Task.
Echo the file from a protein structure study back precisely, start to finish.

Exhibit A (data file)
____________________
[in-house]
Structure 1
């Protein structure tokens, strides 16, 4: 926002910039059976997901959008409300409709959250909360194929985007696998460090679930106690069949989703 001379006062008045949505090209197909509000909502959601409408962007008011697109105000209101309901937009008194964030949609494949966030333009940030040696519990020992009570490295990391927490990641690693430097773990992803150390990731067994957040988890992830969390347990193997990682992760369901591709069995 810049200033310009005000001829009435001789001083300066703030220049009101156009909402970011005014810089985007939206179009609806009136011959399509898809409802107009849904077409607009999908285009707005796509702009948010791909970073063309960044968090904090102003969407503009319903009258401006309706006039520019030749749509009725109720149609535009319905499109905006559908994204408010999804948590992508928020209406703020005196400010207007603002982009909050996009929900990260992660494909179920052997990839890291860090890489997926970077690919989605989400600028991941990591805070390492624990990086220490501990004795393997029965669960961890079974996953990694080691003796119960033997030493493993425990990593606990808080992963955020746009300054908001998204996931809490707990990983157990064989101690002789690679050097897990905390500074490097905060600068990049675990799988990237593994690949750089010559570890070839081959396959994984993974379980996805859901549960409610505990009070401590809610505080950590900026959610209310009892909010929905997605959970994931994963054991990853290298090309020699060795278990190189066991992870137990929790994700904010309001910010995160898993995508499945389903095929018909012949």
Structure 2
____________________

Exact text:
[in-house]
Structure 1
């Protein structure tokens, strides 16, 4: 926002910039059976997901959008409300409709959250909360194929985007696998460090679930106690069949989703 001379006062008045949505090209197909509000909502959601409408962007008011697109105000209101309901937009008194964030949609494949966030333009940030040696519990020992009570490295990391927490990641690693430097773990992803150390990731067994957040988890992830969390347990193997990682992760369901591709069995 810049200033310009005000001829009435001789001083300066703030220049009101156009909402970011005014810089985007939206179009609806009136011959399509898809409802107009849904077409607009999908285009707005796509702009948010791909970073063309960044968090904090102003969407503009319903009258401006309706006039520019030749749509009725109720149609535009319905499109905006559908994204408010999804948590992508928020209406703020005196400010207007603002982009909050996009929900990260992660494909179920052997990839890291860090890489997926970077690919989605989400600028991941990591805070390492624990990086220490501990004795393997029965669960961890079974996953990694080691003796119960033997030493493993425990990593606990808080992963955020746009300054908001998204996931809490707990990983157990064989101690002789690679050097897990905390500074490097905060600068990049675990799988990237593994690949750089010559570890070839081959396959994984993974379980996805859901549960409610505990009070401590809610505080950590900026959610209310009892909010929905997605959970994931994963054991990853290298090309020699060795278990190189066991992870137990929790994700904010309001910010995160898993995508499945389903095929018909012949």
Structure 2